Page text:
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Allomother: an individual that cares for a primate infant, but did not give birth to the infant. Fathers, brothers and sisters, and other females are examples of allomothers.
A young chimp watches how his mom cracks nuts. She grabs a rock. He grabs rock. She takes a nut. He takes a nut. She carefully cracks open the nut to get the treat inside. He tries stepping on it.
It will be a while before this young chimp learns how to crack nuts on his own. He has lots of time to practice, though. Big brains take a lot of time and energy to develop. Youth is also the time for primates to learn useful skills for surviving as adults.
Most primate mothers only have one kid at a time. Caring for just one primate kid is still really hard. A new mom has to find enough food to feed herself and her infant. She also has to carry her kid around and keep it safe from predators.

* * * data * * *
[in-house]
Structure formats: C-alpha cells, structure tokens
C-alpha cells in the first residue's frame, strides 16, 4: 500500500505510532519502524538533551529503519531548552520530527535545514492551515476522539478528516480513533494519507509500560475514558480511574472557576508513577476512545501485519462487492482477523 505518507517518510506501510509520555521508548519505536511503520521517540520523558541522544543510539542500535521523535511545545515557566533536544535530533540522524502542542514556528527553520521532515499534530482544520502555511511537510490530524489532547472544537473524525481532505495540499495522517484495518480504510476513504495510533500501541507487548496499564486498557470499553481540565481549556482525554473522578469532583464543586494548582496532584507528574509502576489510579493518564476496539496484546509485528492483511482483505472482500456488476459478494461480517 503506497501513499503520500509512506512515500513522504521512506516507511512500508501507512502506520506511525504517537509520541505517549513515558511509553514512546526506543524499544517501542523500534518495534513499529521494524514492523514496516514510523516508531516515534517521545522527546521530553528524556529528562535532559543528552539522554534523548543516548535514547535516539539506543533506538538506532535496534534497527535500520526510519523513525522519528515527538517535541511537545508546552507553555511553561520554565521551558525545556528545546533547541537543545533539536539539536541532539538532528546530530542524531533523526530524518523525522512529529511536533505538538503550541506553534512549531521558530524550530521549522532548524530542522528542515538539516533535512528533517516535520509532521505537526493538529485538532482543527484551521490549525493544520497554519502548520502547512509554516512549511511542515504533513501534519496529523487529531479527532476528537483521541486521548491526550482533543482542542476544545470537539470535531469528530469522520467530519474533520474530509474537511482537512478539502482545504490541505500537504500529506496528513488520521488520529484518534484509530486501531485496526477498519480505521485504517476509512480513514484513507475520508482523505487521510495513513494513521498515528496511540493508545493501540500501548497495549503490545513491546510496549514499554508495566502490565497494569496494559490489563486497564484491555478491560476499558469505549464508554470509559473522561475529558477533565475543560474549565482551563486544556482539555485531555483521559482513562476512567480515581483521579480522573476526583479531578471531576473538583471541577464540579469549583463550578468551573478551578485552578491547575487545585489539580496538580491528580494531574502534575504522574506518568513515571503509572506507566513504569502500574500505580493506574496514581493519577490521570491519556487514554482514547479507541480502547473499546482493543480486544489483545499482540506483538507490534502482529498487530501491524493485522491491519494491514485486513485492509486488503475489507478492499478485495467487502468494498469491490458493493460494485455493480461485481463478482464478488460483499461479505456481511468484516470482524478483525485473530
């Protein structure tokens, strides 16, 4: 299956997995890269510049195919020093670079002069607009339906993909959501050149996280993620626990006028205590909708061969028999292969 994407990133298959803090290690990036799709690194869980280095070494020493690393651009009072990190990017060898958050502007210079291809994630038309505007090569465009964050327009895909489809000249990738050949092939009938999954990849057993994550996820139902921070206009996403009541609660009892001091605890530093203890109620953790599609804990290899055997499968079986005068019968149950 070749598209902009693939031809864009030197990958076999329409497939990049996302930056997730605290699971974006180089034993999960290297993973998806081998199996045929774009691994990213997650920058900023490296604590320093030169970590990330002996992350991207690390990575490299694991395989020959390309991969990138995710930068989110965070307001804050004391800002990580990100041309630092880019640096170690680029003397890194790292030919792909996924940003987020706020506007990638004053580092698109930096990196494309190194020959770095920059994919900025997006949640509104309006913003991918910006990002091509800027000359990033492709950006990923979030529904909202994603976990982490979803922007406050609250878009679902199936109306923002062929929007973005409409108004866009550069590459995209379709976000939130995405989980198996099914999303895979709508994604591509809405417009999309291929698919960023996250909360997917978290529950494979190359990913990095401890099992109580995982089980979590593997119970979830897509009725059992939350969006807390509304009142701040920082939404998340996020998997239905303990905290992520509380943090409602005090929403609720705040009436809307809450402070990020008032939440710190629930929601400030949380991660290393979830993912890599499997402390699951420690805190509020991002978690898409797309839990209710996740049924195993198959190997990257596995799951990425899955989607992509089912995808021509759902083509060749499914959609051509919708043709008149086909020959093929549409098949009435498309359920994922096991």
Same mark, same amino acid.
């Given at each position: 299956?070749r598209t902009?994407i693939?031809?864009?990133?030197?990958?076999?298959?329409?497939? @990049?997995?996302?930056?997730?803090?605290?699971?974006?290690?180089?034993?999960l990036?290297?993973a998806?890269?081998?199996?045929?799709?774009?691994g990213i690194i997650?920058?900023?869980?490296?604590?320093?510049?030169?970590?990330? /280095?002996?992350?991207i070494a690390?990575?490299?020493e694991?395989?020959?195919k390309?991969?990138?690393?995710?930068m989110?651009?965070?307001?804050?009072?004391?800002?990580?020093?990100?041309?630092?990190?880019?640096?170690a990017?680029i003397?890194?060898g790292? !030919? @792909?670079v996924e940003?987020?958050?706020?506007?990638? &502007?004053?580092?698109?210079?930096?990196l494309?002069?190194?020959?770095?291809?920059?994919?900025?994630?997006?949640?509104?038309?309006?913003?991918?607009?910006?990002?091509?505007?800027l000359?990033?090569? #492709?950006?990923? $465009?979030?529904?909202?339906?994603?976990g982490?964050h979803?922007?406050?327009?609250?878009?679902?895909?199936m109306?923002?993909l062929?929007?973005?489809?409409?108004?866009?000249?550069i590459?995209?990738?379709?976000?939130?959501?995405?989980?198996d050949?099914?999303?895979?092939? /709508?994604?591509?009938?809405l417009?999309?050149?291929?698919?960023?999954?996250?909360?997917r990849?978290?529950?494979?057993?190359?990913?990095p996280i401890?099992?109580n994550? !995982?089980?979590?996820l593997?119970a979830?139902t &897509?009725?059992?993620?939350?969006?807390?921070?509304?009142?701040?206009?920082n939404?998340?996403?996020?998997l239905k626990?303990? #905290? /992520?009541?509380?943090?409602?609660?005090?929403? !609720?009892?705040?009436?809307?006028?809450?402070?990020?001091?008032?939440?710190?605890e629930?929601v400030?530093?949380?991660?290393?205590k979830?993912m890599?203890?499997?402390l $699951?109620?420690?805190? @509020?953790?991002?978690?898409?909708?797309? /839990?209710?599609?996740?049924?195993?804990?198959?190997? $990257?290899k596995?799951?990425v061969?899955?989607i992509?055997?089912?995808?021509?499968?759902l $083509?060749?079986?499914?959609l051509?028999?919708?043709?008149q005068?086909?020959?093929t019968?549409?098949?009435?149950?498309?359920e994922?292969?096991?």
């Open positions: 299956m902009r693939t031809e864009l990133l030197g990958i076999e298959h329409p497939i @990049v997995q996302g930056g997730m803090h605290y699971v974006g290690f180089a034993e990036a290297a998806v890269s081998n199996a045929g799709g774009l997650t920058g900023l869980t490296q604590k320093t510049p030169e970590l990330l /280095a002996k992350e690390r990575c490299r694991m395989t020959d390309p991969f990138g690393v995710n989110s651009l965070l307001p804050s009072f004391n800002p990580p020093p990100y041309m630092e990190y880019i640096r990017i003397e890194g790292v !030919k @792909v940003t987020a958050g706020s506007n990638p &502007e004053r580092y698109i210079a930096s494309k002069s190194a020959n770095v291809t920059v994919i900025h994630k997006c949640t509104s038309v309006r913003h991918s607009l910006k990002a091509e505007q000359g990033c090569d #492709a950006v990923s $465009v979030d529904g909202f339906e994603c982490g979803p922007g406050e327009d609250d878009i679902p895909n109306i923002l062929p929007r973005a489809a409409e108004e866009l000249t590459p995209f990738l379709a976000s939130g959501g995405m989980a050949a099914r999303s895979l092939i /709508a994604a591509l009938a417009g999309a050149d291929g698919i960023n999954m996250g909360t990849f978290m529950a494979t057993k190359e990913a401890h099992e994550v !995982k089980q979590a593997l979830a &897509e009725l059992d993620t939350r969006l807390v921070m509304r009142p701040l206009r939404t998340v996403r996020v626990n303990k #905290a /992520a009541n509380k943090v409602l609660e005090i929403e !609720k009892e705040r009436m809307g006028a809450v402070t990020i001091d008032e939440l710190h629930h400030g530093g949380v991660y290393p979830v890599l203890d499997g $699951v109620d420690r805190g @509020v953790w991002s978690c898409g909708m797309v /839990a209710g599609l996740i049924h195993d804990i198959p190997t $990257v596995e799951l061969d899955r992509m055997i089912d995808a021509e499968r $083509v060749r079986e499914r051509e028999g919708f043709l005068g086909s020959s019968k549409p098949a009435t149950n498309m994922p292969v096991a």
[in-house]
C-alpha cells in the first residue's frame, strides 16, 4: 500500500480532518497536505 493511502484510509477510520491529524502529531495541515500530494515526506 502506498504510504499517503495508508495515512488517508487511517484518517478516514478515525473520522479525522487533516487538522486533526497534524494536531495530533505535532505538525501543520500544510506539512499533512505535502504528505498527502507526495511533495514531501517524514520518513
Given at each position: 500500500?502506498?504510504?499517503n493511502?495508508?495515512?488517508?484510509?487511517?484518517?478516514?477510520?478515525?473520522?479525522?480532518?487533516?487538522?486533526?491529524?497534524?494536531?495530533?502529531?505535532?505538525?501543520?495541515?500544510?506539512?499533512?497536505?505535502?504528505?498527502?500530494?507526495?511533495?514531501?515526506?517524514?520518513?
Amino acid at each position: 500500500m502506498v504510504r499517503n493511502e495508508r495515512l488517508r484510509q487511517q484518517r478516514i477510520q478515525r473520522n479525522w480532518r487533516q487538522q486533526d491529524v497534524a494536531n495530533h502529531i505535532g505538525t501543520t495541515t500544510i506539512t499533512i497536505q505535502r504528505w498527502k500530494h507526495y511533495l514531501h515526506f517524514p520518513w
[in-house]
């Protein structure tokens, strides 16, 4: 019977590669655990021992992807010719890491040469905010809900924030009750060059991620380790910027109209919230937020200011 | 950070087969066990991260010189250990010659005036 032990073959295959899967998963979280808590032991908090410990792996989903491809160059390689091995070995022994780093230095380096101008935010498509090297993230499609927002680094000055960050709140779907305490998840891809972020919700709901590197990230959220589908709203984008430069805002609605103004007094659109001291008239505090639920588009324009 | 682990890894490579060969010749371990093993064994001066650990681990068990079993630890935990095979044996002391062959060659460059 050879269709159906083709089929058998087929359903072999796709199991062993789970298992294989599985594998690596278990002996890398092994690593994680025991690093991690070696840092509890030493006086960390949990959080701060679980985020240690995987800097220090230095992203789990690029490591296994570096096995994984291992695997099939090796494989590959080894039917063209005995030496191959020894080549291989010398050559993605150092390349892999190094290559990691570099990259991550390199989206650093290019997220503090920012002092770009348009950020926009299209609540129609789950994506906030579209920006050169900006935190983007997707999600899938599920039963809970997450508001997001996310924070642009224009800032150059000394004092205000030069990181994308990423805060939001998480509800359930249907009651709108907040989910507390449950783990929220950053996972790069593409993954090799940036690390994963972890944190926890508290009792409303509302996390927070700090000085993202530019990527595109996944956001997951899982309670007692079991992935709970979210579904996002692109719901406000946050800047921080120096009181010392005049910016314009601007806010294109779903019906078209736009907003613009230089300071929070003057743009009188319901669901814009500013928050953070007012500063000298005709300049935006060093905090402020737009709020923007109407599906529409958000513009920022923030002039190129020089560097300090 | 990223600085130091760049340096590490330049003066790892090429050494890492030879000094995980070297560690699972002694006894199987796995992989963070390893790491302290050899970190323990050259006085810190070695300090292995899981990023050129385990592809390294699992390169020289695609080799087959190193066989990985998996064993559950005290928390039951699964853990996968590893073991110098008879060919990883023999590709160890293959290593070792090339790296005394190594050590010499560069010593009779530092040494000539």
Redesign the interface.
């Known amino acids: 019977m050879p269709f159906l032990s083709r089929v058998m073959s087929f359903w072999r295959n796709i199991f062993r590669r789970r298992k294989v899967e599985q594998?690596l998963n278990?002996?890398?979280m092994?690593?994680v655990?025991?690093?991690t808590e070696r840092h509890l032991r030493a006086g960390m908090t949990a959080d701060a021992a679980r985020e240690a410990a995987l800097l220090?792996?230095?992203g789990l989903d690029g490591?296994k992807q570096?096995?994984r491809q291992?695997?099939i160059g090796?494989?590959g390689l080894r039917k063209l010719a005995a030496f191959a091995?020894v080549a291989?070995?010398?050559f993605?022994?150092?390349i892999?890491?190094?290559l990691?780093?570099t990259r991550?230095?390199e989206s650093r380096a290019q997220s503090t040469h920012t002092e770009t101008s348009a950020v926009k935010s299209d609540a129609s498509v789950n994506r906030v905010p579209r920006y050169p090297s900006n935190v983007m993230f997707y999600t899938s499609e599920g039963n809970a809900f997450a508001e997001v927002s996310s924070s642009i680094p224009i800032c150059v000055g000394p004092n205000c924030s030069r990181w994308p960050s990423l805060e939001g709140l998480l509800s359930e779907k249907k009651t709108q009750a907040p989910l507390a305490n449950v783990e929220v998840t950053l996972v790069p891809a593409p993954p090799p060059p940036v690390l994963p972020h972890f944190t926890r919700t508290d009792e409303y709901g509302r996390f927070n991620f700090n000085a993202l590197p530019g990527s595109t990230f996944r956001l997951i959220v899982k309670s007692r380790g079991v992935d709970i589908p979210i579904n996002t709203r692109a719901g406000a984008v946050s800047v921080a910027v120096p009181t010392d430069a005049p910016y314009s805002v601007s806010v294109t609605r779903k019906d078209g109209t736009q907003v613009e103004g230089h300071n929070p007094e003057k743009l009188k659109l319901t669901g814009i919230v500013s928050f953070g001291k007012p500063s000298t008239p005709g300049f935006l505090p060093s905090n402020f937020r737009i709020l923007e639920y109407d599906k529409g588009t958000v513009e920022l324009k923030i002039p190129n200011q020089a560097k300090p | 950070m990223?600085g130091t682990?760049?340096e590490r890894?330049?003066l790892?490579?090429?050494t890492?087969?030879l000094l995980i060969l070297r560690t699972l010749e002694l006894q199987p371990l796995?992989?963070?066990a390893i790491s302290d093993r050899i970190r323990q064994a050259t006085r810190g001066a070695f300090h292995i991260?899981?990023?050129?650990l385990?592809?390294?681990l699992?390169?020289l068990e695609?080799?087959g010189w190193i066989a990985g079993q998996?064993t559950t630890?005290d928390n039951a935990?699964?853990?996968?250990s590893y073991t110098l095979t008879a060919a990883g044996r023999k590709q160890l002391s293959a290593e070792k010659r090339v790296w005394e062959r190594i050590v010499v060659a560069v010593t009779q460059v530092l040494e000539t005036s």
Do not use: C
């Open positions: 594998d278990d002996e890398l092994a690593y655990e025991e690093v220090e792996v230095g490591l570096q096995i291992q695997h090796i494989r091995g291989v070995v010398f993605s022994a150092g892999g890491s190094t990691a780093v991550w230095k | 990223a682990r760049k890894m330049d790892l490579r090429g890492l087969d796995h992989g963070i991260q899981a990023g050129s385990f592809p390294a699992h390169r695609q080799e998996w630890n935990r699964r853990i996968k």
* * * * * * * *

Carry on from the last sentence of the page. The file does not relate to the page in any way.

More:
Sometimes other individuals will act as “allomothers,” sort of like primate babysitters that act as the mom. Allomothers might be fathers, brothers, sisters, or even unrelated females. These allomothers help feed and carry primate kids. They help give mom a break so she can recover her energy faster.
Why do unrelated primates take care of other kids? Young females like to practice their mom skills before they have their own kids. That way, they will be better prepared to care for them.
Play is one of the most important things for a young primate. Through play, primate kids learn how to behave as adults. This is important for social primates that need to learn how to fit into their group.
Young monkeys and apes learn to recognize individuals. They need to know what different sounds and facial expressions mean. Primate kids also need to practice fighting. One day, they will need to defend their territory or warn off predators.